Plug an RCA cable into the "Sub IN" jack on the back of each subwoofer.
Connect the subwoofers to wall outlets and turn on each unit by pressing the power button, typically located on the back panel.
Adjust the volume and crossover settings on each subwoofer as desired. The crossover adjustment knob tells the subwppfer which low-end frequencies to reproduce from the audio signal, such as a movie on DVD. All frequencies higher than the crossover setting will be transferred to the other speakers connected to the receiver.
Tips & Warnings
Use subwoofers that are closely matched in power, as rated in watts, when using two subwoofers in a home theater setup.
Disconnect the subwoofers from the power supply while making the audio connections.
I'm not sure what you mean by "connecting the Subwoofer connection to my Panasonic Home Theater System"
If you want to watch something on the Philips and send the audio to your Panasonic Home Theater you can buy a VGA to AV Adapter Cable. Just connect it to the back of the Philips HTS3450, get an AV cable (red,white,yellow) and run it to the Panasonic.
I have a very similar problem with the same exact Panasonic sub. I went to Best Buy and Radio Shack looking for an adapter, and they basically told me that one does not exisit. Apparently, Panasonic designed the home theater system specifcally so that it could not work if any part of the entire system was ever seperated.
Back in the old days, subwoofers were powered by the voltage from your receiver, through speaker wire.
Nowadays, subwoofers have their own power, hence not having speaker wire connections anymore.
It's unlikely that you'll be able to connect your old subwoofer to your new receiver.
You'd need to get a new one, which if you don't mind buying closeout, can be found on eBay pretty cheap.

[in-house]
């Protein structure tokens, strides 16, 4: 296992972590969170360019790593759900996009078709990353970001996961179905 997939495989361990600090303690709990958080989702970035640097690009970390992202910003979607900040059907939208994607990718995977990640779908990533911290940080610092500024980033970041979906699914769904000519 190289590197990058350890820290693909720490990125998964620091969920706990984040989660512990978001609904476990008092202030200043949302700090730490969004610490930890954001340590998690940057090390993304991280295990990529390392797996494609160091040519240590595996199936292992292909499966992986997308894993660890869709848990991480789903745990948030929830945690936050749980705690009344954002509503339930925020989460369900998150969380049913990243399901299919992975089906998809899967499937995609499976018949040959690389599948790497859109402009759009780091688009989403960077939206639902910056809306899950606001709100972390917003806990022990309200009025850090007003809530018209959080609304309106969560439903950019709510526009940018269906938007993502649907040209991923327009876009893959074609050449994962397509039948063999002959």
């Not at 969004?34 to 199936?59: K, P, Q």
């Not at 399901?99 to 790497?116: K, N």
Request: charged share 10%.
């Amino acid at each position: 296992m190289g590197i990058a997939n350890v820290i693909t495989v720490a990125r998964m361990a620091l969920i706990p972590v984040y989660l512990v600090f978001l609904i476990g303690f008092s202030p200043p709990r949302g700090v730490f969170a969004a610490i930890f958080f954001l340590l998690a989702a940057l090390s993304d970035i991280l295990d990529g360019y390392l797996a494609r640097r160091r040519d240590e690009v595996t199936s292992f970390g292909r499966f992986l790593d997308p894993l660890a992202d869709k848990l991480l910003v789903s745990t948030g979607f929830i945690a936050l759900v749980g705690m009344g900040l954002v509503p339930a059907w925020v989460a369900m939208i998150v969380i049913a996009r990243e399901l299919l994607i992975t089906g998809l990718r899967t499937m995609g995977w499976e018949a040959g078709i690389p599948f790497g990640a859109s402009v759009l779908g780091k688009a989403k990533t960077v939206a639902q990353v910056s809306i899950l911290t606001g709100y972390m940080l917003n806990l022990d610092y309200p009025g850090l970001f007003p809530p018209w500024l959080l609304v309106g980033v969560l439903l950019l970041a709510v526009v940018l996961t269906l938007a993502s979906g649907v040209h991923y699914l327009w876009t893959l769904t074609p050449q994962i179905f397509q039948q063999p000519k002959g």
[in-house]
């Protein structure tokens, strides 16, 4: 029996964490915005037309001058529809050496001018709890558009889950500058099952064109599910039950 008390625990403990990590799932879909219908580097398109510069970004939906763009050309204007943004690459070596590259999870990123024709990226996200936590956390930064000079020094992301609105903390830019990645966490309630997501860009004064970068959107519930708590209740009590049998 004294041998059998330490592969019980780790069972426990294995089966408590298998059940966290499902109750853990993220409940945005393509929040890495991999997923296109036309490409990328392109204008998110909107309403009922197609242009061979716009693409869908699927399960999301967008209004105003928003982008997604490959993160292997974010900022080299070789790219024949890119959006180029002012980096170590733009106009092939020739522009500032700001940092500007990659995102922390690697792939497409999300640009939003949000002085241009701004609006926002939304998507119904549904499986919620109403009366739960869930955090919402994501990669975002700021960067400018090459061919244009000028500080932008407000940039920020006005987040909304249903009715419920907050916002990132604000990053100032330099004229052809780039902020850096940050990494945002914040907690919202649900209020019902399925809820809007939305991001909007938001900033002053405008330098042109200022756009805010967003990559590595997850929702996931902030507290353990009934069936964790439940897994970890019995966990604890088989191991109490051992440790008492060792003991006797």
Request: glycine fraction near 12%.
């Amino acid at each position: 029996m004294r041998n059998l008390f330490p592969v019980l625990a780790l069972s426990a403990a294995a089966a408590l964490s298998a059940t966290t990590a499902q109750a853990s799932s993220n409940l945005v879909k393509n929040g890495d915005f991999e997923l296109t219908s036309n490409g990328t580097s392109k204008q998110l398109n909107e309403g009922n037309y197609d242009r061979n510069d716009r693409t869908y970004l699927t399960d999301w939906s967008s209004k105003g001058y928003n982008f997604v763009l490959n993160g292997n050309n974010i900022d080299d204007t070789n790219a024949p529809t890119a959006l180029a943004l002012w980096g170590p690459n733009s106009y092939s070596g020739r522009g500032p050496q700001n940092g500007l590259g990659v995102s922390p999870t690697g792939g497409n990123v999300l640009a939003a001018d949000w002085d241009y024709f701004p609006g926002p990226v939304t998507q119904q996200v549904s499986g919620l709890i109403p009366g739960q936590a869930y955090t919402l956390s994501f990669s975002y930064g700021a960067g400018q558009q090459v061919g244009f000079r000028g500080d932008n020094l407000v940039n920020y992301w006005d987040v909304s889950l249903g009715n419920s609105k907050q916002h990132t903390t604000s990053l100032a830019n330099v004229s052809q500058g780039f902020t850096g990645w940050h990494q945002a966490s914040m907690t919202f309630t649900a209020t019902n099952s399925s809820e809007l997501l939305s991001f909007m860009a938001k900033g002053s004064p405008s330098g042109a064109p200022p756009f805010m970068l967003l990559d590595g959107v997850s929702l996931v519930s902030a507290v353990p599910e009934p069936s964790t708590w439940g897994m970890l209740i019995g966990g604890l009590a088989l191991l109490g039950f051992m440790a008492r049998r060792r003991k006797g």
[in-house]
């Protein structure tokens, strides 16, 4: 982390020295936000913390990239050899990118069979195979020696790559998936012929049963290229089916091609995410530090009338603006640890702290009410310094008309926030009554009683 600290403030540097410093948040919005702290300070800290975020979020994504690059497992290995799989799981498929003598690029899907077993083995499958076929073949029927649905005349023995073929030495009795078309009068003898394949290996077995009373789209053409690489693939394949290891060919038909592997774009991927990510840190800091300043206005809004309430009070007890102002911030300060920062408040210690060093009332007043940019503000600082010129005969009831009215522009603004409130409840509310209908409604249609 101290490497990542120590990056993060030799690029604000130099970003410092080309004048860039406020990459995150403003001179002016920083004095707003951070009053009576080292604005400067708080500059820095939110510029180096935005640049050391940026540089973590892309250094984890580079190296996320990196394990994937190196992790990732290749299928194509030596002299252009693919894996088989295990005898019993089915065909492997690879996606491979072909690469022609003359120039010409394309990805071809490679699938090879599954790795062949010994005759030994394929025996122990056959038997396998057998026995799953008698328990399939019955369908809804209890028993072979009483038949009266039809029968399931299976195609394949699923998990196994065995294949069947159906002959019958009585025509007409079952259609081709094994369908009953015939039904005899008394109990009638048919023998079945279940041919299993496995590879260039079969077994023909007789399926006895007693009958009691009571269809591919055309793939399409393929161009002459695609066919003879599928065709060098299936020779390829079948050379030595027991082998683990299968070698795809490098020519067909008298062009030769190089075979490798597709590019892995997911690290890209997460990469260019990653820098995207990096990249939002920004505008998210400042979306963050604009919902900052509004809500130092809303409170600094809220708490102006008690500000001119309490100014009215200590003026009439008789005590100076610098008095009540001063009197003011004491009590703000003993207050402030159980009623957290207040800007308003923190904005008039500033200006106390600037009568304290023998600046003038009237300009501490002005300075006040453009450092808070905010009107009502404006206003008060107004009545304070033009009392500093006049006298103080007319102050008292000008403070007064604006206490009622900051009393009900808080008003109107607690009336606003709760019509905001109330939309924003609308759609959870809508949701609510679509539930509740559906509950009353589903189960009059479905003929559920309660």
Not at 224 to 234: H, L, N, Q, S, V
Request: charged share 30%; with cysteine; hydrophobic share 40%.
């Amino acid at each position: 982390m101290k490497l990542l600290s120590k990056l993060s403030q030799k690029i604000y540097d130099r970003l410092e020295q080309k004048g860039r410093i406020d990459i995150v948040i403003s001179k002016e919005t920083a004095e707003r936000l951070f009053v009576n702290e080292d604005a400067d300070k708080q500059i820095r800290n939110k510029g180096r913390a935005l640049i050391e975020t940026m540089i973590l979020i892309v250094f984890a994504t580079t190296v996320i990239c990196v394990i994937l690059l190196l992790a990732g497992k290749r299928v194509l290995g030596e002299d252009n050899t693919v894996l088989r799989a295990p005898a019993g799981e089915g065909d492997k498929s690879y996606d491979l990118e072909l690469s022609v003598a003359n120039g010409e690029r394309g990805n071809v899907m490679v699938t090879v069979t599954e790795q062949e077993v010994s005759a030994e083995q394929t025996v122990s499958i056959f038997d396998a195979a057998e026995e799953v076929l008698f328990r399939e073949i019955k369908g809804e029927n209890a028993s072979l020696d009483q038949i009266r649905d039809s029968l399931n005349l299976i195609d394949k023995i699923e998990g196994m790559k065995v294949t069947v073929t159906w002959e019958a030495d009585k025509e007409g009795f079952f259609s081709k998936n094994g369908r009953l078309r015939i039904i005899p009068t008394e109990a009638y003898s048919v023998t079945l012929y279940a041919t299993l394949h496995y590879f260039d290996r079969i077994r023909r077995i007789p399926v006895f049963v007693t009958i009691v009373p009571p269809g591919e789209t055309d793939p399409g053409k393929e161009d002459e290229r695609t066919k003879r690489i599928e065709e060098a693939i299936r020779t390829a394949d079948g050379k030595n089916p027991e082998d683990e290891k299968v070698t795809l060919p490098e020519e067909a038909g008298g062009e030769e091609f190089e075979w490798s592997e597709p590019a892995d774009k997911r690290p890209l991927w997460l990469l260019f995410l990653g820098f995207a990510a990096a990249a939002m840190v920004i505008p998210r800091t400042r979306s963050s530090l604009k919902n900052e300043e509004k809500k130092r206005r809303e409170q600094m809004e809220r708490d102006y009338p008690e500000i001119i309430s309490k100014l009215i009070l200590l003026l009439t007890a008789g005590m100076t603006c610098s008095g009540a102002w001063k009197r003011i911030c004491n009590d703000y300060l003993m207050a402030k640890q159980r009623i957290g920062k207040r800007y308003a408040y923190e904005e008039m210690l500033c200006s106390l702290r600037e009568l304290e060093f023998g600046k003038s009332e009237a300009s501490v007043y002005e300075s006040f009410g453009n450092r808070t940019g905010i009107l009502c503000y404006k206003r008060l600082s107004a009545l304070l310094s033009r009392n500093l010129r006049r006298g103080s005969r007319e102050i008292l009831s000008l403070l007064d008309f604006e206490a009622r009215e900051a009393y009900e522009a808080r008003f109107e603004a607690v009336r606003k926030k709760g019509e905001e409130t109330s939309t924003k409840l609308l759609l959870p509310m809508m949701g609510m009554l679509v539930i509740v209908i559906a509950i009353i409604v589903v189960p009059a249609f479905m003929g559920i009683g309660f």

The easiest solution to use your subwoofer is to buy an amp for it. Any old stereo receiver from a garage sale will probably do just fine.
Connect the mono RCA subwoofer output from your Sony with a 1xRCA-to-2xRCA splitter to both the left and right input of the cheap reciever's tape or aux input
connect both speaker outputs of the cheap reciever to the speaker input on your subwoofer. make sure both black (-) outputs on the reciever connect to the black input on the sub, and the red outputs (+) on the reciever are both connected to the red input on the subwoofer.
make sure the cheap receiver's volume is all the way down. turn your Sony up to about the loudest you'll listen to it. turn up the subwoofer amp until it's loud enough to sound good.
leave the subwoofer amp alone, the Sony volume will all you ever need to touch from now on.
You can even now turn off your subwoofer / adjust the volume easily now!
Please update your post with any Model Numbers that you can retrieve, especially the subwoofer. Off hand, and with the limited amount of information that you have provided, I would GUESS that your subwoofer is simply overheating, and is being shutdown internally, hence protecting the fuse because no short is detected. If you haven't moved and or vaccuumed/cleaned around or near your system regularly, dust, pollution, pollen...you name it, builds up and can easily prevent electronics from breeathing/venting properly.